When mentioning the idea of starting an entertainment YouTube channel to some people, I can feel silent judgement that I will be contributing to the mindless consumption plaguing our society. Entertainment is kind of a funny thing. Take things like rap music or crude/low brow humor- people are quick to judge it as base entertainment and dismiss the cleverness and genius behind making it. I think what makes art and entertainment “base” at times is that it’s so easy to consume. It’s not the artists, entertainers or the content that are base. It’s how quick and easily entertainment is consumed- it’s like people swallowing their food whole without really tasting it. Of course, I think the best way to understand something in-depth is to try to go through the motions over making it yourself at least in your head. I get the feeling that intellectualizing every little thing in life actually makes one a bit boring and sterile. Art, entertainment and other forms are an expression of our humanity and to those who regard it with disdain I say you’re missing out on the bigger picture. At a deeper level, science and art/entertainment are intimately connected. If you want to be a truly “deep” person, you should embrace both.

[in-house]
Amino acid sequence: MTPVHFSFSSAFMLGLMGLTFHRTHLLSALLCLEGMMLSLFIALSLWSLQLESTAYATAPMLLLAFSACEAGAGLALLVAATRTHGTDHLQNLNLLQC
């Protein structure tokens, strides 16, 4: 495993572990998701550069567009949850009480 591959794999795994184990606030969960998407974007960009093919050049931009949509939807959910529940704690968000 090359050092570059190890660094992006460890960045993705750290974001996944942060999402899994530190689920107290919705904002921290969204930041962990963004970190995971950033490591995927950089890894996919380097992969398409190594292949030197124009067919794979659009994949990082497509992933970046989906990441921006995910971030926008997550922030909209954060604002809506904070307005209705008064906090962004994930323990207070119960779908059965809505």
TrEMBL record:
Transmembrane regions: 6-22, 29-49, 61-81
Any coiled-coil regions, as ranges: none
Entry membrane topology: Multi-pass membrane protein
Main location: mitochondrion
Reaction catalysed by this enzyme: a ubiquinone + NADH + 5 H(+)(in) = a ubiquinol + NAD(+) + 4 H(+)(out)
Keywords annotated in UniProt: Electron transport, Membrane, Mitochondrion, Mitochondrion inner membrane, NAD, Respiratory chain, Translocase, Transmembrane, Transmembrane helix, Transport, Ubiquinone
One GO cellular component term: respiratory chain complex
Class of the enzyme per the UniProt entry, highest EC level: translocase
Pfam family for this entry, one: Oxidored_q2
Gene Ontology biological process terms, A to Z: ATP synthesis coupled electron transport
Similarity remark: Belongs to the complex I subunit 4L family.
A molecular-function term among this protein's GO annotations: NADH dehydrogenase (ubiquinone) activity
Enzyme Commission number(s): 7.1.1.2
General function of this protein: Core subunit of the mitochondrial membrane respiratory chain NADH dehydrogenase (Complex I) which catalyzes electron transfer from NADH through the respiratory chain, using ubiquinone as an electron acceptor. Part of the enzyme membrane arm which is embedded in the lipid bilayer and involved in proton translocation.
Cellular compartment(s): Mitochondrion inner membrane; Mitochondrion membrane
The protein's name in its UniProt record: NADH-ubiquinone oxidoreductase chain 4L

Starting to think more seriously on my evolvable furby concept. To those that don’t know, the idea is to kickstarter a robot that can evolve true, life-like AI. There will be a few hundred small robots that connect every night to a server over wifi, relaying the amount of sensory input and feedback it got from the environment. The robots receiving the least amount of pain and most amout of pleasure from the environment are ranked the highest. A simple example would be that Pain can be from strong shocks picked up from an accelerometer and Pleasure can be through touch sensors or facial recognition that measures attention. Of course the actual sensors and criteria would be a bit more complex. The highest ranking robots are selected for a reproduction round which receives modifed genetic operators-a combination of particle swarm optimization and conventional genetic programming. The genes, which are located on the server, control the topology and other characteristics of the robot’s neural net- such as the activation function and the equation dictating hebbian learning. The new gene pool is then downloaded by the robots and the cycle repeats. There are serialized memory portions that are retained between cycles that contains the weights for the orginal neurons that havent changed between cycles- this way i hope the robots can retain a bit of their identity and memory of their owner and surroundings. If a firmware update hoses the robot, or makes the owner unrecognizable or whatever, the user can press a button to either receive a different set of genes from the pool, or revert the change. Of course the reversion de-ranks that set of genes in subsequent generations. I’m betting over time the robots would evolve to be something quite life-like and enjoyable for people to interact with, which is the primary selling point to the consumer. The business idea behind all of this that sells the idea to an investor would be to market a fully working model of a strong AI with ever increasing robot capabilities/sophistication. The intial neural net can be derived by evolving the robots in a simulation to give them the ability to navigate, avoid falls, find their charger, etc. most people i mention this to look at me like i am crazy. But it happens too often that i decide not to pursue an idea because of that only to see someone else pull it off. Just gotta find people that think it could work and devote some time to it.